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Date posted: November 23, 2006
By Rami Bathish for MIFTAH

In the mid 1990s, an evident sense of optimism had prevailed among Palestinians; the signing of the Oslo Accords between the PLO and Israel was seen by both Palestinians inside the occupied territories and the expatriate community as a catalyst for positive change, and a promise of a long-awaited era of peace, stability, and prosperity. The fragile period between 1994 and 2000 witnessed a significant boost in foreign investment in the Palestinian private sector, a concerted effort aimed at public institution-building, and above all, the flow/return of educated and skilled Palestinian professionals back into the West Bank and the Gaza Strip. After all, this was the beginning of a desperately-needed nation-building process, a noble cause of which all wanted to take part. Contrary to most developing countries, Palestine became a leading example for the reversal of the brain drain phenomenon, albeit temporarily.

Today, more than 12 years after the establishment of the Palestinian Authority, and 6 years after the outbreak of the Intifada, not only have most Palestinian expatriates abandoned their once-idealistic aspirations to contribute their skills and expertise to the development of their impoverished homeland, but tens of thousands of Palestinians born inside the occupied territories are pursuing the sanctuary of more secure social and economic conditions abroad. An overwhelming combination of relentless Israeli military occupation and internal Palestinian instability may have finally taken its toll on Palestinian youth.

According to a recent survey conducted by Al-Najah University in the West Bank town of Nablus, one in three Palestinians are ready to emigrate out of Palestine. 10,000 Palestinians have already left the Palestinian territories since June 2006, and 45,000 have applied for emigration. The 1,350 people surveyed by Al-Najah clearly identify the deteriorating economic situation as the main trigger for their aspiration to emigrate, while the prevailing lawlessness in the West Bank and the Gaza Strip, internal political strife, and the continuing fear of potential civil war are cited as 2nd, 3rd, and 4th causes, respectively.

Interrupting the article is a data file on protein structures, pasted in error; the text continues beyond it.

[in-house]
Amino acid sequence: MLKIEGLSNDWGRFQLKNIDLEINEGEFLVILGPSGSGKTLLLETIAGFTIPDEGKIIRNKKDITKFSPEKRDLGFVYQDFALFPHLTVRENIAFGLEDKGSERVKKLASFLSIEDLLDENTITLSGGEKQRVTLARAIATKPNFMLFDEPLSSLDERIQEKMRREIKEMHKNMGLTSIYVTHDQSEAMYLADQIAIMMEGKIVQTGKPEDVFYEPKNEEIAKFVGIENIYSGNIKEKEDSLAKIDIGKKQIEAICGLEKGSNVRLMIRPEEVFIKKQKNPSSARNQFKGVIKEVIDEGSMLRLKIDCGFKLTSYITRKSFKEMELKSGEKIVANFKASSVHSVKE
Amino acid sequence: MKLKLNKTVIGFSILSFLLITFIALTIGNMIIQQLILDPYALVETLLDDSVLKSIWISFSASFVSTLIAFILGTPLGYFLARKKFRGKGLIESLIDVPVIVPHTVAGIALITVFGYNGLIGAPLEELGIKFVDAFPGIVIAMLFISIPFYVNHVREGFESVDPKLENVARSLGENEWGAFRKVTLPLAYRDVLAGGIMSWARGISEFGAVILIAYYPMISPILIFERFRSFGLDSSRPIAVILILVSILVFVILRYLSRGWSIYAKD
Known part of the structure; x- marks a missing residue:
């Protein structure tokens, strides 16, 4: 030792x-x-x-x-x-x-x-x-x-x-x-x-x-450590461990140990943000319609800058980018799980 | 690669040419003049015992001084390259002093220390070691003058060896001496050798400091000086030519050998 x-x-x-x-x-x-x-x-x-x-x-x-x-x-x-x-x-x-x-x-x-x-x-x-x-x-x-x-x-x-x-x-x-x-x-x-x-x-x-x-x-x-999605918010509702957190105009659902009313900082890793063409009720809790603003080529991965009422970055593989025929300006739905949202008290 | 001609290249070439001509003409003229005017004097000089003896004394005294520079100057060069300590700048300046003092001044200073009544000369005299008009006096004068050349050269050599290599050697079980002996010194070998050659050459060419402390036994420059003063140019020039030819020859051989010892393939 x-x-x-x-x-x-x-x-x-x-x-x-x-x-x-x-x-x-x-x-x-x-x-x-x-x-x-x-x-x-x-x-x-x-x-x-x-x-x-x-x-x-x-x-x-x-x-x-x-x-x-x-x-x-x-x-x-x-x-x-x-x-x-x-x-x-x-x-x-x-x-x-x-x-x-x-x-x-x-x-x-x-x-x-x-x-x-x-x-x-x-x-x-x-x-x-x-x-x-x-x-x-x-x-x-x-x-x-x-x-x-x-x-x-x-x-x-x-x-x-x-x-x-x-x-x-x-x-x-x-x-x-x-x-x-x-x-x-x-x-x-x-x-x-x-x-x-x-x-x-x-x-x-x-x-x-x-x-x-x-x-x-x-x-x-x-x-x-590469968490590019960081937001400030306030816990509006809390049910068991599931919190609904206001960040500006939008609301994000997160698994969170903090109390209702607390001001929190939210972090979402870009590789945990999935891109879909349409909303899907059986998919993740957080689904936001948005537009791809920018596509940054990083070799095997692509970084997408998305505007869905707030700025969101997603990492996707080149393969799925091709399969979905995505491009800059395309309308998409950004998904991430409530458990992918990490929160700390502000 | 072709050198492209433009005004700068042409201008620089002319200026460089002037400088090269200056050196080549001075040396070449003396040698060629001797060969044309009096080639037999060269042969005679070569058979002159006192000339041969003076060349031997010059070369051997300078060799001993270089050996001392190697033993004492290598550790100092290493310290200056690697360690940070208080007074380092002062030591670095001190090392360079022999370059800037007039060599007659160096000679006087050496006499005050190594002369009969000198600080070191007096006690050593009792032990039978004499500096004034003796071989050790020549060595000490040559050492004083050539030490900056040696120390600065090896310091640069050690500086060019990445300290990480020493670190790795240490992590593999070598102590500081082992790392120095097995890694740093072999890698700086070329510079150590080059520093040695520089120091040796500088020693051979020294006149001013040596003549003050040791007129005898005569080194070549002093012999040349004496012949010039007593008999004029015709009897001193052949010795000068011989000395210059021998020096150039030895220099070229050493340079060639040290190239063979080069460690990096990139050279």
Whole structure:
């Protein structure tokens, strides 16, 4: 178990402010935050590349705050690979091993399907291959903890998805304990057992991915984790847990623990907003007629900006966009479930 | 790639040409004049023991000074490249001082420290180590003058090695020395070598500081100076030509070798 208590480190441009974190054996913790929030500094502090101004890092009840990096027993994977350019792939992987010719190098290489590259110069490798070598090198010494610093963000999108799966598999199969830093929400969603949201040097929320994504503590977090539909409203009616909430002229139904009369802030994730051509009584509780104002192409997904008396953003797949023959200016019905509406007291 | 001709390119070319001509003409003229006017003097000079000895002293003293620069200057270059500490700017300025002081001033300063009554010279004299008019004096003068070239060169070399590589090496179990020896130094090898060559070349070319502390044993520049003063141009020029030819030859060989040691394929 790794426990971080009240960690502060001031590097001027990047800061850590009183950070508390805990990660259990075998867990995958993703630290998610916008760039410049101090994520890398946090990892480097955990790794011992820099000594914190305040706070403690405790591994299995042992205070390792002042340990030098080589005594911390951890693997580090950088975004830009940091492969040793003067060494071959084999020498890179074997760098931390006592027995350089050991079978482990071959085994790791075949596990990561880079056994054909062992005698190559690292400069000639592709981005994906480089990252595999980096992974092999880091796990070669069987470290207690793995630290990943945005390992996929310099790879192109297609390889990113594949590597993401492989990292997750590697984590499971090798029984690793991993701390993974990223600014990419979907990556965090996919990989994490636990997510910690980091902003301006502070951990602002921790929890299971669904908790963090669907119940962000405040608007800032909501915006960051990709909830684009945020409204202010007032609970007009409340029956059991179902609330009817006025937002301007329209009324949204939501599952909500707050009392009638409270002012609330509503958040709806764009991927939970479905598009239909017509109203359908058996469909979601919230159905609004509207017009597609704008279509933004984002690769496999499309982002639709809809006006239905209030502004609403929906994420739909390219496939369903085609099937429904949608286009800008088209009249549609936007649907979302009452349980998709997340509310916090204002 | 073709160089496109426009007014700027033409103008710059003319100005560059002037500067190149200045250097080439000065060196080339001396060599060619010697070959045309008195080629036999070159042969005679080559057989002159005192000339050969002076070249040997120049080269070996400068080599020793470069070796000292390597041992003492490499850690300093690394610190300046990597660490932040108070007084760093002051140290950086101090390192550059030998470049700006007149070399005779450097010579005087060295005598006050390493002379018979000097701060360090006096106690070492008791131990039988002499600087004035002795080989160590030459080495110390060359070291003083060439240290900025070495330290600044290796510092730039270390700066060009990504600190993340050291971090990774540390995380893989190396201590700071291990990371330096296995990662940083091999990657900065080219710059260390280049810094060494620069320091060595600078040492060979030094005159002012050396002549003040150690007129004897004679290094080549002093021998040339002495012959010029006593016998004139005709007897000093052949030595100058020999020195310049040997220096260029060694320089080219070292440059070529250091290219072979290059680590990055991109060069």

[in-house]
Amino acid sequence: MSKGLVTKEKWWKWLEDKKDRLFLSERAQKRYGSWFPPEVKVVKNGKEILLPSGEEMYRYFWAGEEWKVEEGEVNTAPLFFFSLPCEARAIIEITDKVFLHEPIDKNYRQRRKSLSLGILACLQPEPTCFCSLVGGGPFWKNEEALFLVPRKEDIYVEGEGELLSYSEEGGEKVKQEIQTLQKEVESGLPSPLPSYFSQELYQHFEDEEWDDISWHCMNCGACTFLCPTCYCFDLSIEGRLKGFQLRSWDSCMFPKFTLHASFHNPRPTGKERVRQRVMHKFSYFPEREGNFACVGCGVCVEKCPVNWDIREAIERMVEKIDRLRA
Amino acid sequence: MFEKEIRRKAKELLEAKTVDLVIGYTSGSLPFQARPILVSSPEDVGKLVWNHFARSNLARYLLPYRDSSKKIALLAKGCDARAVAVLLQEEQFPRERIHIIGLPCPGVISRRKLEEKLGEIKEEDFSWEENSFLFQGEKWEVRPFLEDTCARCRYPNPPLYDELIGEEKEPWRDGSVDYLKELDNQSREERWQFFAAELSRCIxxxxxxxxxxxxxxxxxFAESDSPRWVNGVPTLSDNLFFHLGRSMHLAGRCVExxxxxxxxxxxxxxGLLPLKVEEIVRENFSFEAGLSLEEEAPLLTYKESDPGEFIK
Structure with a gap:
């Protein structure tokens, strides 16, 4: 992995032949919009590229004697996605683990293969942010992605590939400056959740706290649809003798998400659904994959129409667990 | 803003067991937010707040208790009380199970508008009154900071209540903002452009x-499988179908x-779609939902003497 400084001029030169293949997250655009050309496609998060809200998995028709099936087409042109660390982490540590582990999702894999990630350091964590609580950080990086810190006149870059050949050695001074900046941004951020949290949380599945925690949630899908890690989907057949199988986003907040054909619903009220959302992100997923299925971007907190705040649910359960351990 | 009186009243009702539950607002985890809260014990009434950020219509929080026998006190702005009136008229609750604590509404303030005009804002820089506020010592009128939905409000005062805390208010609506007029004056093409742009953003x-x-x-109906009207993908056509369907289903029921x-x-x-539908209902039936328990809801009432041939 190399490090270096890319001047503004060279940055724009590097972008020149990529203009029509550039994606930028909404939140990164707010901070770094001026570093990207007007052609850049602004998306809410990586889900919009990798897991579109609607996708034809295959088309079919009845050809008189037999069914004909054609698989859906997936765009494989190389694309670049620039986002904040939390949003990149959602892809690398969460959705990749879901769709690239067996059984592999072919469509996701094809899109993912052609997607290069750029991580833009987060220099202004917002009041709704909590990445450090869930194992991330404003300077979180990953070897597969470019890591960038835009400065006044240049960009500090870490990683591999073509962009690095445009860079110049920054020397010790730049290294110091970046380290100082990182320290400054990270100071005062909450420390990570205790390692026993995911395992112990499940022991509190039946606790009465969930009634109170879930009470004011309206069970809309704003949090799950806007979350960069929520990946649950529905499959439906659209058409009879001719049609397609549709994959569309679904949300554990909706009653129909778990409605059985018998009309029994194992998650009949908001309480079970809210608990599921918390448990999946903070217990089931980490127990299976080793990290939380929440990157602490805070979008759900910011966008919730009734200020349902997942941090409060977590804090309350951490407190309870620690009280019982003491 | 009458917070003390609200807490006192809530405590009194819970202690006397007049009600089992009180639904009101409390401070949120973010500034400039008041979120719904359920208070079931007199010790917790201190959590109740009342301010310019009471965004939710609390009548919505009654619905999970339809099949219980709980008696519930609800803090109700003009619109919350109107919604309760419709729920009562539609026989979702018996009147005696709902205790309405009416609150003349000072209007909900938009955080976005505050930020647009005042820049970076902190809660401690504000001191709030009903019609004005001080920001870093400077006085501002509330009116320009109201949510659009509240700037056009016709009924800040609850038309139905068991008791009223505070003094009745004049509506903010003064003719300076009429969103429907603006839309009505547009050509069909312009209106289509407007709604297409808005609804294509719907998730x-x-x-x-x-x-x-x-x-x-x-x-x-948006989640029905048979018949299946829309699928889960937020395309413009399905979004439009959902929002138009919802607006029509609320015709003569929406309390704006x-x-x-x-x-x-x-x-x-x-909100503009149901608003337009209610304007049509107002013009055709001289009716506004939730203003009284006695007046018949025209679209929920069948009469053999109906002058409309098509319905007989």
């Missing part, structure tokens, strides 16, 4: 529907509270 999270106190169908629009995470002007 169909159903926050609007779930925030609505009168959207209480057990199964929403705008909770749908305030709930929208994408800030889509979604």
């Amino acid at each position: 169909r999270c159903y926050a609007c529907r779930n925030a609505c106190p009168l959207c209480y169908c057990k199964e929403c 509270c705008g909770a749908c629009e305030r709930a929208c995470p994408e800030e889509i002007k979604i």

What adds more concern to an already alarming trend is the fact that the overwhelming majority of those determined to pursuing better lives outside the Palestinian territories are considered among the most enlightened, most educated, most skilled, and most talented segments within Palestinian society, leaving Palestine with an increasingly challenged and fragile population of low-income earners, a scarcity of skills, and the absence of socio-economic stability traditionally sustained by a professional middle class.

Without any visible end to Israels repressive occupation of the Palestinian territories, and its diverse impact on the development of Palestinian society, and in light of the continuing antagonism prevalent within the Palestinian political system, most notably the factional rivalry between Hamas and Fateh, there is little hope that this pattern of emigration would/can be reversed, if not further amplified.

Ironically, the underlying causes, in this particular case, are paradoxical: without progress on the internal Palestinian front and a decisive/just end to the Palestinian-Israeli conflict, more Palestinians are bound to contemplate emigration, yet equally, without the sustainability of valuable human resources and potential inside the Palestinian territories, the continuity, and even intensification, of both internal and external conflicts are guaranteed.

While those legitimately turning their backs on Palestine do so with a sense of bitterness and despair, we are left with the challenging task of addressing two vital questions: where did we go wrong, and how can we safeguard the spirit of the Palestinian cause?

Rami Bathish is director of the Media and Information Programme at the Palestinian Initiative for the Promotion of Global Dialogue and Democracy (MIFTAH). He can be contacted at mip@miftah.org

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Source: MIFTAH
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